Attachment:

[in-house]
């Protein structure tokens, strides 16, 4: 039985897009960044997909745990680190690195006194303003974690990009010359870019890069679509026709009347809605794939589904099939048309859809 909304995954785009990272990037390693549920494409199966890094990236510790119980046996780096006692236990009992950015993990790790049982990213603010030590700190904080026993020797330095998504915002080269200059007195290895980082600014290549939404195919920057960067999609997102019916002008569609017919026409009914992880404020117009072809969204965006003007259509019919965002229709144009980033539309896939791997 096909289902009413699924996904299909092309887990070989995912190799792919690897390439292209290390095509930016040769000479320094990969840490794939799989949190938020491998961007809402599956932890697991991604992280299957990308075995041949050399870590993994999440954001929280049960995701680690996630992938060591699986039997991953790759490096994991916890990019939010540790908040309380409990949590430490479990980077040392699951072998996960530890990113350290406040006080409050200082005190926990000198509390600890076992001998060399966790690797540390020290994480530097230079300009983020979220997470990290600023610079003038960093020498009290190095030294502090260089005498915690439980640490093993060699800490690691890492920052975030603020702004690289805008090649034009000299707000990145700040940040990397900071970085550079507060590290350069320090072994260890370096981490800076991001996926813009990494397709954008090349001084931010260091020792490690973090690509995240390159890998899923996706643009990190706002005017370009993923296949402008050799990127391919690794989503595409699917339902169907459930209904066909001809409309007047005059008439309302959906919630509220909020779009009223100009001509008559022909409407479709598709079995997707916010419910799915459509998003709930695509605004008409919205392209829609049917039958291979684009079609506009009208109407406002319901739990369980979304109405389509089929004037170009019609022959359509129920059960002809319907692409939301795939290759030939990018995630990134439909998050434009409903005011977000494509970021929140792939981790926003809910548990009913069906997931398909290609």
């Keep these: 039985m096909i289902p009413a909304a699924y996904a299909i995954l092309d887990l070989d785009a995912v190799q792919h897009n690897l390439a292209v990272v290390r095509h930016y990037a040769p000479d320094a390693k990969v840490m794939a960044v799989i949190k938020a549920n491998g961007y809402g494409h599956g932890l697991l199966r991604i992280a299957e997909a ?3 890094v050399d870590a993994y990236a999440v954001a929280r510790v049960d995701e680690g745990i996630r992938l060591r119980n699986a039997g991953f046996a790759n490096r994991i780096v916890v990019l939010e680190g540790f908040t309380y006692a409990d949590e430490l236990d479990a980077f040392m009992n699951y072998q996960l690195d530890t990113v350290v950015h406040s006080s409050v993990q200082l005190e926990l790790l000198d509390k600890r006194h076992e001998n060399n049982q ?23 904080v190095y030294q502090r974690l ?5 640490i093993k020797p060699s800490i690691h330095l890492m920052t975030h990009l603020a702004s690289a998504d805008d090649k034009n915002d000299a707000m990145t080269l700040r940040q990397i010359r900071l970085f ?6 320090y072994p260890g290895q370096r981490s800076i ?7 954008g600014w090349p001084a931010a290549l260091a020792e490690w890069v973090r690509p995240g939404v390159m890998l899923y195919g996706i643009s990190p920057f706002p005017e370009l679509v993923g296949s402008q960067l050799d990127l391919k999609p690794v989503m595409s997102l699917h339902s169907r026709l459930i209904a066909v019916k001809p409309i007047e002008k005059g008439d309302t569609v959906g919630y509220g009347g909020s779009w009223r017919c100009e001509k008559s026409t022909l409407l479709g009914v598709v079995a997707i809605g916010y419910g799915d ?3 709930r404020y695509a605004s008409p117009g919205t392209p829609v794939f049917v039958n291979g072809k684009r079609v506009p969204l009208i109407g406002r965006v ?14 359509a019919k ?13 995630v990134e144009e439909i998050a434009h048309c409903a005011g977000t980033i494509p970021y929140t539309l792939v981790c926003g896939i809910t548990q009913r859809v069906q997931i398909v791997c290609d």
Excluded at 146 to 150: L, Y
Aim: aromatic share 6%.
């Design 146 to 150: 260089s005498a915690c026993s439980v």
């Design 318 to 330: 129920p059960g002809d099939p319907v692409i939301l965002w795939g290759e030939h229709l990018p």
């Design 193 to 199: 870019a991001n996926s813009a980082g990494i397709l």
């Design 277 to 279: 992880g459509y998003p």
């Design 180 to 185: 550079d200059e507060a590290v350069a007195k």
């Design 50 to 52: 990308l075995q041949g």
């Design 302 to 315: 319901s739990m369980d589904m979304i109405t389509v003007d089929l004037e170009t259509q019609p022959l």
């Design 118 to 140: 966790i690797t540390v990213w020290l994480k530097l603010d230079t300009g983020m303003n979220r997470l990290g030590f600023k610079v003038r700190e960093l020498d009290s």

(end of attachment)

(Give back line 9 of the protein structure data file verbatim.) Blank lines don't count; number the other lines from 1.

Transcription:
């Design 277 to 279: 992880g459509y998003p």